To assemble the dish I sear the breasts skin side down in clarified butter and toss the pan into the oven to crisp the skin before turning them over to cook evenly through. While the breasts are in the oven I heat another saute pan with more clarified butter which I use to brown slices of steamed fingerling potatoes, hon shimeji mushrooms, chives and the reserved leg meat. When the breasts are cooked I place the cold flan in the center, representing the inspiration and focus of the dish and start building from that; lining the plate with the potato-mushroom saute on either side and layering the room temperature rhubarb compote under the breasts.

Now that I am starting to become known for my themed specials, you would think that I would jump at the chance to come up with some sort of Cinco de Mayo-inspired special, but even though this cocktail is made with tequila, it's far from anything that you'll find south of the boarder.

A couple of weeks ago I decided to take a gamble and start an infusion by combining cinnamon sticks and silver tequila. I wasn't sure what I was going to make with it let alone how well our customers will respond to it, but I knew it was going to be interesting. After poaching pears for the French toast topping last weekend, I realized the perfect pairing.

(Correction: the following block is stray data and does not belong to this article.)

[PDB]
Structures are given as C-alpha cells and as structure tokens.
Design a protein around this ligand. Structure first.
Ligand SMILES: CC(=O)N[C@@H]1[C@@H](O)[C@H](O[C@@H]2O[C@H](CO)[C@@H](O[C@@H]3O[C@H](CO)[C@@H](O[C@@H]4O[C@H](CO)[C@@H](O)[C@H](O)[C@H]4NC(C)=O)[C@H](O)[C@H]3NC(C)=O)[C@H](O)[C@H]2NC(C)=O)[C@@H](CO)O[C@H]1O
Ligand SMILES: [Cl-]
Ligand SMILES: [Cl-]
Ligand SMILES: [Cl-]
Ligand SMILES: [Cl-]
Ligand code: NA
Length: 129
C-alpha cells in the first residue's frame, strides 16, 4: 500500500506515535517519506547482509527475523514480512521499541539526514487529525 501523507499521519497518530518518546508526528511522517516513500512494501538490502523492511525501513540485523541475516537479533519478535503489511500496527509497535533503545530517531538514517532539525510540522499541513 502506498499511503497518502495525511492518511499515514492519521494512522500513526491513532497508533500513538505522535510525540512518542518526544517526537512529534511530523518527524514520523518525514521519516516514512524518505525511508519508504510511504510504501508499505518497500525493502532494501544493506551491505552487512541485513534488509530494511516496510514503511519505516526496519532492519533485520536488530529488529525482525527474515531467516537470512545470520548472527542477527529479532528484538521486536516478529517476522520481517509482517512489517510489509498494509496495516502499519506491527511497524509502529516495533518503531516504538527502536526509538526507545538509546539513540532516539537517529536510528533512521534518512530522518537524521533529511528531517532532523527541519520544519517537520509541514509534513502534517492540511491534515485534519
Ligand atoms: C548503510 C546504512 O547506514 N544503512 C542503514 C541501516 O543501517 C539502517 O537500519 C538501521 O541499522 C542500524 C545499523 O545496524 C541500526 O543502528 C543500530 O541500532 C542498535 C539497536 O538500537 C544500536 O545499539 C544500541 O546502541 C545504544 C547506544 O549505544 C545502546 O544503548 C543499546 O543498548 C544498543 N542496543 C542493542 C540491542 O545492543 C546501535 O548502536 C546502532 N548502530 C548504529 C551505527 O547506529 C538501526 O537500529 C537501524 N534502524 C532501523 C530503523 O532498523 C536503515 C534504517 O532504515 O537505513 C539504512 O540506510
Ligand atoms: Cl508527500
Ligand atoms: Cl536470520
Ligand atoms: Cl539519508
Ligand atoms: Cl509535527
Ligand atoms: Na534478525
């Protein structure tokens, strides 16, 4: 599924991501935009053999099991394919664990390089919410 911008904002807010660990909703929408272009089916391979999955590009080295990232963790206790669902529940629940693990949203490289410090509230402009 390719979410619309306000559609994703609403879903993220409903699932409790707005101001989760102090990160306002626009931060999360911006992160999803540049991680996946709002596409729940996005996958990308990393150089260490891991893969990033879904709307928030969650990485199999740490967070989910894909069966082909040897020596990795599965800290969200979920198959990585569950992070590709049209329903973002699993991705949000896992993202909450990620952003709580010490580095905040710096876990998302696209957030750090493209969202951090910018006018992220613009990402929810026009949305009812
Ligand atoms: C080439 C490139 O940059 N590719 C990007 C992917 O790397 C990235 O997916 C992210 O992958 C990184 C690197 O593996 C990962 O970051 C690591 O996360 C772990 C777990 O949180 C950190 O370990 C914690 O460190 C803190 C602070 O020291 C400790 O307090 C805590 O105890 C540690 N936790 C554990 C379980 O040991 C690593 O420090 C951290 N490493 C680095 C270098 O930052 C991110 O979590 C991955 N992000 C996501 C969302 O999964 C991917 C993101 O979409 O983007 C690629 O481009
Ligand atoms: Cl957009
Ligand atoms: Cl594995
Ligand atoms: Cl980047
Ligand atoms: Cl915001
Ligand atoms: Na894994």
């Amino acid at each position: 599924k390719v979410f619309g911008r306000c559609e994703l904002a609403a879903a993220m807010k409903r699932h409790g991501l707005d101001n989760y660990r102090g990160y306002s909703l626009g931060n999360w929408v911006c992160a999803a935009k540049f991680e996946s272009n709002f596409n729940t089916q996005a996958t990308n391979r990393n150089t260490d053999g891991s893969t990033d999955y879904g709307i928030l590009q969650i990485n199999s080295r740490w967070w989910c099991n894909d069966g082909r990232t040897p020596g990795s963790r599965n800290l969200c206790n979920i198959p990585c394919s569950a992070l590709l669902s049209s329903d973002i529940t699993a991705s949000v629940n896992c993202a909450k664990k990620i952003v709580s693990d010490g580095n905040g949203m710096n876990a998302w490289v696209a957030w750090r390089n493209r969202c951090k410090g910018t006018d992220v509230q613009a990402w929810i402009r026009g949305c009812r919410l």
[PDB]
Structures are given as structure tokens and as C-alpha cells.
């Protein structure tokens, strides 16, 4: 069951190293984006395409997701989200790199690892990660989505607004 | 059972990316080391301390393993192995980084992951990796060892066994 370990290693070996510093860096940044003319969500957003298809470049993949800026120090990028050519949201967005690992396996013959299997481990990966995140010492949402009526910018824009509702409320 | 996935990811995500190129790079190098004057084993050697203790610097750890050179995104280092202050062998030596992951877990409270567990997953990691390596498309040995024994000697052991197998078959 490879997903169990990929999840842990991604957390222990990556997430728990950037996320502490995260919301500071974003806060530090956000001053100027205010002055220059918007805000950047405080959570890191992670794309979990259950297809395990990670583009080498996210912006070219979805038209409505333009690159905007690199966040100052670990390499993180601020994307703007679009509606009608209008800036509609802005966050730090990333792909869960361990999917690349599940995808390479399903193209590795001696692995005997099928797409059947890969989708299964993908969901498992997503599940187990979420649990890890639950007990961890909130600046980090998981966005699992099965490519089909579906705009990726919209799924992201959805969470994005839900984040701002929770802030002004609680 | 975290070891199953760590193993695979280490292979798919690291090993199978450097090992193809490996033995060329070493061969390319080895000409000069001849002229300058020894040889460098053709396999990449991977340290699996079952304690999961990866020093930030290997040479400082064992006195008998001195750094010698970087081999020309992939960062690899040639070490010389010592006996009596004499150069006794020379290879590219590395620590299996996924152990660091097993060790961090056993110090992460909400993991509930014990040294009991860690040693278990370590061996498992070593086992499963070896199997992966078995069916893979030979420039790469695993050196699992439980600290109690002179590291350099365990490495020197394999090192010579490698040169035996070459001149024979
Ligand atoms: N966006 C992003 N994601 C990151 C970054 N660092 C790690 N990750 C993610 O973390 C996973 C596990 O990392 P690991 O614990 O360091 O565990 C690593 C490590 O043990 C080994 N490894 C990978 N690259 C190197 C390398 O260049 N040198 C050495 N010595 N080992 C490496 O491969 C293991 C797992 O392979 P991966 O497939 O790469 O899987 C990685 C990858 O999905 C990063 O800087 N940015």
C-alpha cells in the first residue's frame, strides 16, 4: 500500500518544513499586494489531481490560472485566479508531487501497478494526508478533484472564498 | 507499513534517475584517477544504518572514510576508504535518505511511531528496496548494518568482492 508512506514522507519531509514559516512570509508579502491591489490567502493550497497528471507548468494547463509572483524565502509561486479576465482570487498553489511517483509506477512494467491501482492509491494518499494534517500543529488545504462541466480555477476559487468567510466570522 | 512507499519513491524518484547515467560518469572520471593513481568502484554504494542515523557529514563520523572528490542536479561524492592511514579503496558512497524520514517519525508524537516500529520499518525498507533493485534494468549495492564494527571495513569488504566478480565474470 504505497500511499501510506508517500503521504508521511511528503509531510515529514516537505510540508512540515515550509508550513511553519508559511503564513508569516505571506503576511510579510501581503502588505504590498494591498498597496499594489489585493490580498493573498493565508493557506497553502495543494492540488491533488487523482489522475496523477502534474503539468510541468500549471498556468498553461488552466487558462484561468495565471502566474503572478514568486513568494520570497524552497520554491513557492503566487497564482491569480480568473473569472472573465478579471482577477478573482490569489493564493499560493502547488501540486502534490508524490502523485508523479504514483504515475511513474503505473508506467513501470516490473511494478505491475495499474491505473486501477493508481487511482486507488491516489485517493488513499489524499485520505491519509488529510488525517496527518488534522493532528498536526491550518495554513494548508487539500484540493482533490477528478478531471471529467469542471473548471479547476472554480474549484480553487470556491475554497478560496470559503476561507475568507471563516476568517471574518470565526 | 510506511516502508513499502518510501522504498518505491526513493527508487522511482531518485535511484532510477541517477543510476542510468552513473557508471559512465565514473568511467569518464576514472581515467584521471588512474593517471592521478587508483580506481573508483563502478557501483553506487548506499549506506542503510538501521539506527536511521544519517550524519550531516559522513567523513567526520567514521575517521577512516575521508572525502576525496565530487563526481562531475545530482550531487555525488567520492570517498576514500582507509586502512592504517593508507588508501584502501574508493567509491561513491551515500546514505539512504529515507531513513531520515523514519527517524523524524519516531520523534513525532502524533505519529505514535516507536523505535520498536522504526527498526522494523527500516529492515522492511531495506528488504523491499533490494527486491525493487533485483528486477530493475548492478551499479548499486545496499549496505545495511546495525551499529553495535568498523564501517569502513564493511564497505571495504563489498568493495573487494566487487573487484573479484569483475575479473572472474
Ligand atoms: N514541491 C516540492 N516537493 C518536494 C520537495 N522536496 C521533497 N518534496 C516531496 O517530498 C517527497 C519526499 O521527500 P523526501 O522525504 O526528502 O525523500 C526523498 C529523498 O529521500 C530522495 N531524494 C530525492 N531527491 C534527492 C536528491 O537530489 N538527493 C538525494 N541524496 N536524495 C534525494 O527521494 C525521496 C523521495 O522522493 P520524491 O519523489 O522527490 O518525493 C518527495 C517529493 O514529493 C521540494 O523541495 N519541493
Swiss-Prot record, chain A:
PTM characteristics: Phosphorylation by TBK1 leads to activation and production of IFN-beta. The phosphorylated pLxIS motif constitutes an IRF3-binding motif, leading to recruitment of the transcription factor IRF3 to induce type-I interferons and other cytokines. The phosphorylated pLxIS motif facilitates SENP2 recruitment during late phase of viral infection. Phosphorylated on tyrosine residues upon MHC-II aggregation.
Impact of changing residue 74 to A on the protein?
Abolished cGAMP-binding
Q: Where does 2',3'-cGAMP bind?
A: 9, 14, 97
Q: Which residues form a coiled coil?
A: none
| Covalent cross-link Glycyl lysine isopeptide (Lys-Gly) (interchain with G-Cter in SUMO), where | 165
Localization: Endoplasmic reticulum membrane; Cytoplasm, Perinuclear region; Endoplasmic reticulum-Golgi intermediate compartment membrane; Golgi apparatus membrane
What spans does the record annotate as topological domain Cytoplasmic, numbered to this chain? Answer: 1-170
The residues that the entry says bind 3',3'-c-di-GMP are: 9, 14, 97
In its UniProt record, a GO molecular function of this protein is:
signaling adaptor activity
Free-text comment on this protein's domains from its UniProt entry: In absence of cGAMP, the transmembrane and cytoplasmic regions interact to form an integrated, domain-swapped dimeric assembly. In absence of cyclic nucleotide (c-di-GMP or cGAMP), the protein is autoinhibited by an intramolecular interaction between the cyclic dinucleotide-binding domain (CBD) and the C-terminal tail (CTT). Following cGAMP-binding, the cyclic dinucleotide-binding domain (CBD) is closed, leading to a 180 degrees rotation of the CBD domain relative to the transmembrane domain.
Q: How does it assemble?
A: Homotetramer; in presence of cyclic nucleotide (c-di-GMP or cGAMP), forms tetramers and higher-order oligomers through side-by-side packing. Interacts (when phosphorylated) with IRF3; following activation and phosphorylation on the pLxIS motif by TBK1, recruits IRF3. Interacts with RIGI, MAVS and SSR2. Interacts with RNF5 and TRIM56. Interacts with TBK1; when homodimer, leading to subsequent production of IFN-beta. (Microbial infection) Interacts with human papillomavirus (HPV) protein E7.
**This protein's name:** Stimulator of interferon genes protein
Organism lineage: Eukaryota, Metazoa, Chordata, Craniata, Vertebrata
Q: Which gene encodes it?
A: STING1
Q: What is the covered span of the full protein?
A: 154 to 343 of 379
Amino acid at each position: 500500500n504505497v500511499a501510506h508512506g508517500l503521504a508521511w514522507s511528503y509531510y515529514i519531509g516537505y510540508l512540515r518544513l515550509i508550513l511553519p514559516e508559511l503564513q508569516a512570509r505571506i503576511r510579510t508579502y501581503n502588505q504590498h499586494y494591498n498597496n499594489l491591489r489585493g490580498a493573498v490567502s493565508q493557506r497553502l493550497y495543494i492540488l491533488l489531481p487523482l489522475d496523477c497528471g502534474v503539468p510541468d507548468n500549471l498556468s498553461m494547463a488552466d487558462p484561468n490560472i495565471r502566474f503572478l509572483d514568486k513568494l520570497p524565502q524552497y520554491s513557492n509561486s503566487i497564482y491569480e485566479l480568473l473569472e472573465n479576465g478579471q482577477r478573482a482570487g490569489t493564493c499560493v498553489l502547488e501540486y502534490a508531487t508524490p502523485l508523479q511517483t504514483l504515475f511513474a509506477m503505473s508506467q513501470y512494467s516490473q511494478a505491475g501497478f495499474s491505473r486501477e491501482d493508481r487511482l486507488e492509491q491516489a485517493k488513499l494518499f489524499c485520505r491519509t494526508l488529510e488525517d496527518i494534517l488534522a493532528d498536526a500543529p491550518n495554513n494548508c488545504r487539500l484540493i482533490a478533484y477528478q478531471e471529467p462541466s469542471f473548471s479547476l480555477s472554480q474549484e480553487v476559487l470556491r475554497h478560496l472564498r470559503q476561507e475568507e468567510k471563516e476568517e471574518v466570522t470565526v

By poaching ripe pears (which I normally don't do because they are already soft) in honey, lemon juice and water I ended up with a cooking liquid that had inherited all of those flavors, which made for a excellent companion for the cinnamon infused tequila; so complex and intriguing. But then I had the leftover pears, so I thought "If you can put ice in a cocktail and allow it to melt, then why not a sorbet that reinforces the flavors as well!" By pureeing the pears in the cold cooking liquid and churning it in my ice cream machine I ended up with the perfect substitution for ice for this cocktail!
Come in an have a try - you'll be surprised how much you like it, and I can guarantee that you won't find anything like it anywhere else!!

With Love,